Historical linoleum samples on top of a modern linoleum floor. Photo by Santje Pander.
The effect of using a different colour measurement method. Left: RGB measurement on photos. Right: photospectometric measurement.
Photo of the Pressroom by UNESCO/D. Berretty.

Rendering

We created multiple renders with different material settings from the same perspective in order to compare the effects on the perception of the room. On purpose we chose a viewpoint that matched one of the historical photographs, so it was possible to compare this directly to the digital reconstruction. As the 1958 colour photos have known issues regarding the representation of colour, the marked difference was an interesting result that calls for reflection on how accurate our reconstruction is and how faded colour photos can cause a wrong impression of the original room.

The perceptual difference between the room in which modern alternatives of the colours are applied and those in which original colours are applied is especially striking. The difference between the images which show variations of the original colours ('as new', and 'aged'), is less perceivable. Although the actual RGB values are notably different when viewed next to each other in isolation, if applied in the room itself, differences are only noted after very close examination. It may be that the multitude of visual stimuli in the entire picture make it very hard for our brains to perceive small differences.

Render of the Pressroom from the same perspective as the photo. Colours based on colour measurement on original linoleum samples.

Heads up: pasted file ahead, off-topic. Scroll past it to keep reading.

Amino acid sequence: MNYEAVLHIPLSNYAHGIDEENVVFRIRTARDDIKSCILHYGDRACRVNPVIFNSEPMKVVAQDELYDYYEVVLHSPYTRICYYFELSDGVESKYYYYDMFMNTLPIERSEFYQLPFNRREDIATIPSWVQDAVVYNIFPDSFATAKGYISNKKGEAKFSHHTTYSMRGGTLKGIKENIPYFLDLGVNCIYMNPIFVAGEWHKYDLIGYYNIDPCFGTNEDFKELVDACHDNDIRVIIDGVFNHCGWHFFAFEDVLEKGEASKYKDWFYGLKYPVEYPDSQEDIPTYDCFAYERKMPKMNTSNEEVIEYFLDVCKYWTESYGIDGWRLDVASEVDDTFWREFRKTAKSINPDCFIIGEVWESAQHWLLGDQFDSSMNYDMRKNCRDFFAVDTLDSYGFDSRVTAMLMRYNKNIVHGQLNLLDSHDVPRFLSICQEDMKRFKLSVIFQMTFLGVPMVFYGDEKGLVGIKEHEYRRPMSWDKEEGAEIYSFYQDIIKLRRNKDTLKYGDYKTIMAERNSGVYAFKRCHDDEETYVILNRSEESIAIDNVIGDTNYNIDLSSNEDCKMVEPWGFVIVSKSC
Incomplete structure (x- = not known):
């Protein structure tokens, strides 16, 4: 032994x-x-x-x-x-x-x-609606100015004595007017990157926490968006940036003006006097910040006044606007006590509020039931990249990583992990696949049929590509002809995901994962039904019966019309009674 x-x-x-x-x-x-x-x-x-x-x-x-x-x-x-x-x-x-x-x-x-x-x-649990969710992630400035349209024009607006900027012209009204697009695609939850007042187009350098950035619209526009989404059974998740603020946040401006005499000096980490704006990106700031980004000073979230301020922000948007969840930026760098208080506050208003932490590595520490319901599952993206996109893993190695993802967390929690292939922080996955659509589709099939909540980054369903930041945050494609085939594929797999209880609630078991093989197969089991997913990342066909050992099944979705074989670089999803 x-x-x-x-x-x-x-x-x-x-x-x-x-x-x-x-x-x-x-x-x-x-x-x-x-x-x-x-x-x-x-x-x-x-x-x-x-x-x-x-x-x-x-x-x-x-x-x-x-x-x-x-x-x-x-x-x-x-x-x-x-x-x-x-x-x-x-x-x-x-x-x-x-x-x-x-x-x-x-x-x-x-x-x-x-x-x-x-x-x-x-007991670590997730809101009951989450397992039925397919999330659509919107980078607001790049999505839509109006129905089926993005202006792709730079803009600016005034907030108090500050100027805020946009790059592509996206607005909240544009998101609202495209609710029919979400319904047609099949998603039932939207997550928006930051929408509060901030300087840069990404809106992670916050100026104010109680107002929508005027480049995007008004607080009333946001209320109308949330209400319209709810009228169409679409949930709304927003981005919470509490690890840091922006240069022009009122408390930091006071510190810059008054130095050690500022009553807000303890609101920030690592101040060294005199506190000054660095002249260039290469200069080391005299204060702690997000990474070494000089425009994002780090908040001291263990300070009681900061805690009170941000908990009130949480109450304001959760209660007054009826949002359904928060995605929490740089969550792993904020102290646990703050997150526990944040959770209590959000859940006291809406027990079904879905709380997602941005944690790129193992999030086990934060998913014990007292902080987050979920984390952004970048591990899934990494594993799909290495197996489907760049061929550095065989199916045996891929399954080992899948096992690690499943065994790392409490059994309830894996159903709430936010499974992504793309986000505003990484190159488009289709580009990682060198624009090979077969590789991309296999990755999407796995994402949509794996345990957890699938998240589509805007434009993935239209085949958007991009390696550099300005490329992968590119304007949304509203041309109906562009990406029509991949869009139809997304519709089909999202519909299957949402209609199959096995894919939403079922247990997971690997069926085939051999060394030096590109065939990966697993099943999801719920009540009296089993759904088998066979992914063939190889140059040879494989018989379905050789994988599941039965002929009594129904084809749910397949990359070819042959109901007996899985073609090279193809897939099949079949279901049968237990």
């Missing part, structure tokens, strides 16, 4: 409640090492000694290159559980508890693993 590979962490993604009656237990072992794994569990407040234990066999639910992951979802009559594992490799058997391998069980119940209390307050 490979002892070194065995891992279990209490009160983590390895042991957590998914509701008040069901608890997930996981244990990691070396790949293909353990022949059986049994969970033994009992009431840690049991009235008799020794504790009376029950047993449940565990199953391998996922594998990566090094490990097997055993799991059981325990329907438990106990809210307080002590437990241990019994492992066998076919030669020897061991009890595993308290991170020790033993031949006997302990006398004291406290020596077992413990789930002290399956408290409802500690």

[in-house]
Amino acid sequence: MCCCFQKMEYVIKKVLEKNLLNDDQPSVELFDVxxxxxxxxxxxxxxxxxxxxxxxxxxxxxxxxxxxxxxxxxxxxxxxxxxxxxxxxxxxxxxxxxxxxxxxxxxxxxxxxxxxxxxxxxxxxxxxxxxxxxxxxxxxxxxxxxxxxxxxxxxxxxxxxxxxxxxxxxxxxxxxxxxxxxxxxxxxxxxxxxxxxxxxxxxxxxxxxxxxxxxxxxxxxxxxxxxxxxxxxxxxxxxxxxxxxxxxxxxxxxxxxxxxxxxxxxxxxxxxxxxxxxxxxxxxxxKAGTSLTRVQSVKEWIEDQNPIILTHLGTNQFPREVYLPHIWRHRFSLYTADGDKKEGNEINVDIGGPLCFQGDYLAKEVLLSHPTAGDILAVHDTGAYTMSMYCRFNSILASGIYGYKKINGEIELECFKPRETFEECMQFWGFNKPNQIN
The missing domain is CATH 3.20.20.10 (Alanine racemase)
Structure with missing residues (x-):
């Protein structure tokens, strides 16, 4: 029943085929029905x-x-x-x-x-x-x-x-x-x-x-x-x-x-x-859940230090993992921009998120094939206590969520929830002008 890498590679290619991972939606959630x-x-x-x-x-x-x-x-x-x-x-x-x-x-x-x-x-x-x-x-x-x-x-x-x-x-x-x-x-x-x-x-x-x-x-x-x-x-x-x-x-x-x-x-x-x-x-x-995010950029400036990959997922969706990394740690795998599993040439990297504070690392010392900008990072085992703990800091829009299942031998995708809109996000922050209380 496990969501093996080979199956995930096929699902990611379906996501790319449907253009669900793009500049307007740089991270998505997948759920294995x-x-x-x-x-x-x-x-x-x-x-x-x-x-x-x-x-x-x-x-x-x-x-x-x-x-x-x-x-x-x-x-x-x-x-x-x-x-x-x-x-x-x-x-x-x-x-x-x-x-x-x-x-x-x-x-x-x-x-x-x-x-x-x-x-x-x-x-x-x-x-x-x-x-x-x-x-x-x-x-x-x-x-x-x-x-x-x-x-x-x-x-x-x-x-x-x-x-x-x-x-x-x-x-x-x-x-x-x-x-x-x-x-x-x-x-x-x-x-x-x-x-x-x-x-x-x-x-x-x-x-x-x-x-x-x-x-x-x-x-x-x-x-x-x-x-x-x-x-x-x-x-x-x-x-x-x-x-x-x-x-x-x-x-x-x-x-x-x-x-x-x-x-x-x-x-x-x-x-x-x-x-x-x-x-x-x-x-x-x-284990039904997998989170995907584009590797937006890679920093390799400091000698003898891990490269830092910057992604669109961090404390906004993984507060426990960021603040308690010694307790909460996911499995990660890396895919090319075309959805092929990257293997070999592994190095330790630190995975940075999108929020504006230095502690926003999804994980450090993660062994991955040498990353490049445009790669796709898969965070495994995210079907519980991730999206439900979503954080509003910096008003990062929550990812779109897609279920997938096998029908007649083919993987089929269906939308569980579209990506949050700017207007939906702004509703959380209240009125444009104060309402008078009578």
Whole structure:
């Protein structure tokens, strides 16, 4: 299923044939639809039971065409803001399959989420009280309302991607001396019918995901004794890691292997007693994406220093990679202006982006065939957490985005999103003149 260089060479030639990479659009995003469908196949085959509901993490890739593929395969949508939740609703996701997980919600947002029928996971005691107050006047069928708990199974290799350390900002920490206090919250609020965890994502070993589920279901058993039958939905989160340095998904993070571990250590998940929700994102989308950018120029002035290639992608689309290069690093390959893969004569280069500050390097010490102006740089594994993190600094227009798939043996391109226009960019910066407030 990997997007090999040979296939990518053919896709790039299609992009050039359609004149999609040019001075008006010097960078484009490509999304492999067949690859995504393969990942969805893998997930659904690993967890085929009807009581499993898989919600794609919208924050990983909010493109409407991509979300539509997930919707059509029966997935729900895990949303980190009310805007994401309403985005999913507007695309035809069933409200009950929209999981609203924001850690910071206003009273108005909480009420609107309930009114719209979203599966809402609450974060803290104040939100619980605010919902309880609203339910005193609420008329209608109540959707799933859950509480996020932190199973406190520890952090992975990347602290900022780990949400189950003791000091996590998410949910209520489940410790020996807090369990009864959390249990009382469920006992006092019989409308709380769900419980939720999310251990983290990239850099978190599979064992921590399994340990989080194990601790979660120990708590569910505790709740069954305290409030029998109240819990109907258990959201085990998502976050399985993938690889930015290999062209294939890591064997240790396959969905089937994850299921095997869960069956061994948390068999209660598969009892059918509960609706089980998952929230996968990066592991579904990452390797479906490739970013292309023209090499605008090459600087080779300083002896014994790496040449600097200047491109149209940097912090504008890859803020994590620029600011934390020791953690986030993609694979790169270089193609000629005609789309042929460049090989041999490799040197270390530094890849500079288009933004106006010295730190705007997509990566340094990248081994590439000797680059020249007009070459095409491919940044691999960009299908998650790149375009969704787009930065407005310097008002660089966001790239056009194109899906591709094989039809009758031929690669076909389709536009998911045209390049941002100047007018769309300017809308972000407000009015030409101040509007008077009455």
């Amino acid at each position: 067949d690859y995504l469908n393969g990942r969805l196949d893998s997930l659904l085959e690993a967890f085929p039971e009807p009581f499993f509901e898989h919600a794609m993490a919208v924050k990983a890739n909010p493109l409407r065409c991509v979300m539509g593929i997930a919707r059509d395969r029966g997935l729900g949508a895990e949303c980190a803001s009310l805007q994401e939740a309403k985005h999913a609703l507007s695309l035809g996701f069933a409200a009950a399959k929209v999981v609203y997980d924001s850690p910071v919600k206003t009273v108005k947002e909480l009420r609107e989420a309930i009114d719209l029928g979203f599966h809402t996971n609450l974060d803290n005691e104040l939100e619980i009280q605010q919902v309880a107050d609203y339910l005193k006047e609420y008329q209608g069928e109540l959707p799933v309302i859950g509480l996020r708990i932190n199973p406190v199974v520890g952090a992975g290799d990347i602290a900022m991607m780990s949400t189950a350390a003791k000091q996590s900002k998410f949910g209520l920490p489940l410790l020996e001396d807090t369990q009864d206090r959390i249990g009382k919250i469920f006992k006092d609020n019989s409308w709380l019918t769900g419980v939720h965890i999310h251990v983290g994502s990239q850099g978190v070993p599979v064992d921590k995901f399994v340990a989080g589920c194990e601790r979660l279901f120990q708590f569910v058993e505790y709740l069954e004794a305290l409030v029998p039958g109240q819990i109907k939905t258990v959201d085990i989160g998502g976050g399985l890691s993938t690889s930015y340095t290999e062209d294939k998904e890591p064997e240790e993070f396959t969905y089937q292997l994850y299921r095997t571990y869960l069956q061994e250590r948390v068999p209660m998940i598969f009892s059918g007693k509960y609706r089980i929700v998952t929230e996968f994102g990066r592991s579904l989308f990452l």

Reliability

The question remains whether these results are reliable enough to be used in the restoration decision-making process. There are multiple factors of uncertainty, the method of digital colour and gloss reproduction being an important one. Another factor is that we do not exactly know the original light conditions inside the room. We know that TL-lamps were used, but not exactly their power and light temperature. Based on these uncertainties, it can be argued that it is questionable that we have accurately recreated the interior. The model should therefore be considered as such, a working hypothesis about the physical appearance of a lost space. But we must not forget that an authentic recreation has in this case never been the aim. Moreover, it is quite unlikely that modifying the uncertain variables within reasonable bounds would have changed the outcome of the study significantly. Nevertheless, to model colour and lighting more accurately based on real world measurements, the digital methods we use also must improve.